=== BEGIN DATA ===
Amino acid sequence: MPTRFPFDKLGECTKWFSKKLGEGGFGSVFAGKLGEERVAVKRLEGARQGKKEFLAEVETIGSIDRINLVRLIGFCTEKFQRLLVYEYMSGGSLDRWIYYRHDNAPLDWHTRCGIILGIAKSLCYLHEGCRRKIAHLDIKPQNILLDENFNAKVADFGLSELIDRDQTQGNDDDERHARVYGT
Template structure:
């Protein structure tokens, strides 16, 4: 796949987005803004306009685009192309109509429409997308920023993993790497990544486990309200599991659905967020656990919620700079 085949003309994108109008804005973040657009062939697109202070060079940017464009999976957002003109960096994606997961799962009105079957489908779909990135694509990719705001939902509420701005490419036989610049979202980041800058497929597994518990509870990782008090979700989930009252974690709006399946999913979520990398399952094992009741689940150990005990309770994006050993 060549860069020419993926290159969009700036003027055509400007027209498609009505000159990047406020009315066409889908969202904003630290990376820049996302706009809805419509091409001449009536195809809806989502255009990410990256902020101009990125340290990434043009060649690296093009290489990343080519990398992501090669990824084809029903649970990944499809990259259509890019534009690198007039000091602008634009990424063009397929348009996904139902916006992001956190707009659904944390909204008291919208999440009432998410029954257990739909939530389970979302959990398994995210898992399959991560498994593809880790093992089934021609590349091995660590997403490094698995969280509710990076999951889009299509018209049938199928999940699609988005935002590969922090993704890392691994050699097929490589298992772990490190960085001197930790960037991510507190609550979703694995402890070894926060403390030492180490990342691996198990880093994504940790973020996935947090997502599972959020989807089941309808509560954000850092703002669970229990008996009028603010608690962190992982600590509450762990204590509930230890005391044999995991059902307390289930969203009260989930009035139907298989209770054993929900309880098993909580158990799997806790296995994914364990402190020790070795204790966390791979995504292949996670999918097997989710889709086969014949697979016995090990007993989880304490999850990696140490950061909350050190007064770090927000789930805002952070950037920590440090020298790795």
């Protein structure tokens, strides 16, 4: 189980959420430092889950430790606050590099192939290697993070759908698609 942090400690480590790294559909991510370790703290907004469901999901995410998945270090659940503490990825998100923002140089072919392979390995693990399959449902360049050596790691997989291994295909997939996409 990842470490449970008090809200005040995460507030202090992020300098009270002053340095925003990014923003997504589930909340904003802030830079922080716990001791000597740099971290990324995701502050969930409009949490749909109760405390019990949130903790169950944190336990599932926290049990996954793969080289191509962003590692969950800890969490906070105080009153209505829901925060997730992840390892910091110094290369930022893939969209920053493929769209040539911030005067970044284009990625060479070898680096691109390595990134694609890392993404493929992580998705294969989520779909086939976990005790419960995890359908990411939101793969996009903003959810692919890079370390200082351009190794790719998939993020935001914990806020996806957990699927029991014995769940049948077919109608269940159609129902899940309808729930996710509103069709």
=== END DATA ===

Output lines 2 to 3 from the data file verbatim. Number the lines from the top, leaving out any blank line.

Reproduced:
Template structure:
């Protein structure tokens, strides 16, 4: 796949987005803004306009685009192309109509429409997308920023993993790497990544486990309200599991659905967020656990919620700079 085949003309994108109008804005973040657009062939697109202070060079940017464009999976957002003109960096994606997961799962009105079957489908779909990135694509990719705001939902509420701005490419036989610049979202980041800058497929597994518990509870990782008090979700989930009252974690709006399946999913979520990398399952094992009741689940150990005990309770994006050993 060549860069020419993926290159969009700036003027055509400007027209498609009505000159990047406020009315066409889908969202904003630290990376820049996302706009809805419509091409001449009536195809809806989502255009990410990256902020101009990125340290990434043009060649690296093009290489990343080519990398992501090669990824084809029903649970990944499809990259259509890019534009690198007039000091602008634009990424063009397929348009996904139902916006992001956190707009659904944390909204008291919208999440009432998410029954257990739909939530389970979302959990398994995210898992399959991560498994593809880790093992089934021609590349091995660590997403490094698995969280509710990076999951889009299509018209049938199928999940699609988005935002590969922090993704890392691994050699097929490589298992772990490190960085001197930790960037991510507190609550979703694995402890070894926060403390030492180490990342691996198990880093994504940790973020996935947090997502599972959020989807089941309808509560954000850092703002669970229990008996009028603010608690962190992982600590509450762990204590509930230890005391044999995991059902307390289930969203009260989930009035139907298989209770054993929900309880098993909580158990799997806790296995994914364990402190020790070795204790966390791979995504292949996670999918097997989710889709086969014949697979016995090990007993989880304490999850990696140490950061909350050190007064770090927000789930805002952070950037920590440090020298790795």